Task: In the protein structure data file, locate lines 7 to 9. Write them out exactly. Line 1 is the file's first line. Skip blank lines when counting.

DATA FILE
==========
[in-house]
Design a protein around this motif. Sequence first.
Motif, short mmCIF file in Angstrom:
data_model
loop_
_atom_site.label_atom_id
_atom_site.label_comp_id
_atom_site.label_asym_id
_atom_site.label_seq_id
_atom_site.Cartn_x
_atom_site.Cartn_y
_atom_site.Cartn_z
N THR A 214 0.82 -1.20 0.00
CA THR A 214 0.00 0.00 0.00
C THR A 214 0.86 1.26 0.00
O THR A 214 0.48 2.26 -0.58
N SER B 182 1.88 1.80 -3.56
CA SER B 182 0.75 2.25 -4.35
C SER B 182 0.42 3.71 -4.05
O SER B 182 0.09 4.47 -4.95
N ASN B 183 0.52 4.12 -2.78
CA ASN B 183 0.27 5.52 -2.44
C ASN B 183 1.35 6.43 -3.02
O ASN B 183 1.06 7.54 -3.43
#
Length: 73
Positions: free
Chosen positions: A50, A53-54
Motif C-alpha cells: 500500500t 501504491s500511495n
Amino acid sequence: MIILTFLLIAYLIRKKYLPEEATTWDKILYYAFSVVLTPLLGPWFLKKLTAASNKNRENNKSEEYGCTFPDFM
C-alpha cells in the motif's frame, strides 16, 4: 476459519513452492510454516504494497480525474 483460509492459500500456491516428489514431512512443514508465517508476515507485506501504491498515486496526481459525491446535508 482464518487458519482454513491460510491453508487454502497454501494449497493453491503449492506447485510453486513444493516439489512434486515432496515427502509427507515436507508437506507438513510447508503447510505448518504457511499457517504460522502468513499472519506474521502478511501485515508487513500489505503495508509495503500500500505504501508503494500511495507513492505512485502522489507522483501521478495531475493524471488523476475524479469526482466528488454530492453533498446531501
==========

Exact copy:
_atom_site.label_comp_id
_atom_site.label_asym_id
_atom_site.label_seq_id